The construction of the cervical spine is somewhat different from that of other areas of the spine. For example, cervical vertebrae have an extra opening where the blood supply for the brain runs and vertebrae C1 and C2 (better known as atlas and axis) have a different construction because they have a different function than the rest. Namely, they are largely responsible for carrying the head. These vertebrae also have the greatest ability to turn compared to the rest of the cervical vertebrae.
Nerves exit from all levels of the cervical spine. Each of these levels has its own supply area to which specific areas of the skin and muscles are linked. Sometimes it happens that one of these exiting nerves (the nerve root) is put under pressure and complaints arise.
Causes can include, for example, a herniated disc, stenosis, aging structures. In young people who experience radiating pain from the neck, it is more likely that this is a hernia. Usually at the level of C6 and C7. In people who are older it is more likely that the radiating pain is caused by often a natural process of aging. The space where the nerve exits becomes smaller and can become pinched. A very small portion of these symptoms can be caused by other structures such as a fracture or serious disease conditions. But this almost never happens. Radiating pain from the neck is called a radicular syndrome in the medical world. This means that the radix (nerve root) is involved in the complaints.
Complaints associated with a radicular can include;
- sharp/shooting pain through the arm
- tingling and/or a numb or dull sensation
- reduced strength in certain muscles
- reduction or increase in pain with certain postures/movements
- Reduced reflexes in the triceps or biceps
The physiotherapy examination consists of several parts. Differences in position/height of different body parts are normal and not wrong or abnormal. However, it may be that a deviant position is related to pain-avoiding behavior. Often we see people holding the neck/head in a certain position that makes more room for the nerve concerned.
During the functional examination the active and passive movement pattern is examined. It is quite common that in case of neck pain also the shoulder girdle is included in this examination (vice versa also). The purpose of this examination is to determine to what extent it is possible to move and how fluently this is done. In addition, the presence or absence of pain in some (parts) of the movements can also provide relevant information.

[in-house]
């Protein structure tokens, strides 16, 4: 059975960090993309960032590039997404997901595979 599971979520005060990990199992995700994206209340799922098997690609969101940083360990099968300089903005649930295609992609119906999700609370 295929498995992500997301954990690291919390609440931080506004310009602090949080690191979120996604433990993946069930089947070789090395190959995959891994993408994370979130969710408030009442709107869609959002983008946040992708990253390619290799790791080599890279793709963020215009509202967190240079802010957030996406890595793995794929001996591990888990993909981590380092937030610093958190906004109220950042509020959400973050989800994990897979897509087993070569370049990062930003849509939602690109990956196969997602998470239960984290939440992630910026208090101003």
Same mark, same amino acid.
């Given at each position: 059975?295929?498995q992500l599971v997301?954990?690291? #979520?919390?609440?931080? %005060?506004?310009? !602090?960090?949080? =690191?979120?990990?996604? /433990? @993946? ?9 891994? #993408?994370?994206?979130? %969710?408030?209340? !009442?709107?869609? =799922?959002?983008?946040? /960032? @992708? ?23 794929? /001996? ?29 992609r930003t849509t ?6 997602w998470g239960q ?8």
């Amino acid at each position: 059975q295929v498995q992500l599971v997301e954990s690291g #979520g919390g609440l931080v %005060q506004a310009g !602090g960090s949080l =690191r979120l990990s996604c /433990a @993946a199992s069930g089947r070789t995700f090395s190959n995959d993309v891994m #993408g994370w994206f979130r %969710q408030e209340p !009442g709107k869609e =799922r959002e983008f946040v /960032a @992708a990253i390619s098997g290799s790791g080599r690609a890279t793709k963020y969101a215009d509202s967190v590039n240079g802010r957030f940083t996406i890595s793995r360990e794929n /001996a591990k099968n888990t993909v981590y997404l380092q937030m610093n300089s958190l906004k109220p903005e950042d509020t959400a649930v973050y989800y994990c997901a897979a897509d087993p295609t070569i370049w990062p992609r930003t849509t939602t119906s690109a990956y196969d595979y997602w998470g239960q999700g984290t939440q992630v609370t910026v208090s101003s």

When a cervical radiculopathy is suspected, we can use several tests that will increase or decrease the likelihood that a radicular syndrome is present.
- The upper limb tension test A is used to tension the nerves from the brachial plexus. Normally this does not cause any problems, at the most a strange 'pulling' sensation in the arm. If there is a nerve provocation, it may be that this gives recognizable symptoms. This test is mainly intended to exclude. This means that if there are no abnormalities with this test, the chance of a radicular syndrome is not great.
- The spurling test is used to reduce the space between the vertebrae (foramen intervertebrale) by applying pressure to the head in a specific position. This test is designed to correctly include a radicular syndrome and thus make it more likely.
- The cervical distraction test is used, unlike the spurling test, to actually make more room in the intervertebral foramen. It is a test that can be used to confirm the presence of a radicular syndrome. This test can only be used if, at the time of performance, nerve-related complaints are also present.
- At the cervical rotation test The patient is asked to rotate the head to the side where the symptoms are located. The test is positive if the head rotation is less than 60 degrees. *The mobility of the neck decreases with age. This test therefore says more something in relatively young people who by nature can still turn their heads well.
In addition to performing these studies tied to a cervical radicular syndrome, we have other tools that give us a picture of nerve function. For example, we can compare left and right strength between different muscles. For this we use so-called KENN muscles (also called KEY muscles). These are specific muscles that are controlled by a specific segment. Since it can happen that a radicular image involves loss of strength, performing these tests can help to identify the location of the problem.
Reflexes also give an idea of the function of the nerve. The most relevant for this are the biceps tendon reflex (C5-C6) or triceps tendon reflex (C7-C8). By testing these reflexes with a reflex hammer, an image is formed about the function of the nerves associated with the segment.
If necessary, the physical therapist can contact the family doctor to request an MRI examination or CT scan. However, this is not always necessary. We know that the course of a radicular syndrome is favorable. With this we mean that complaints always recover within a certain period of time. With the help of adequate physiotherapy, consisting of exercises, advice and insight into the symptoms you will be helped as much as possible on your way!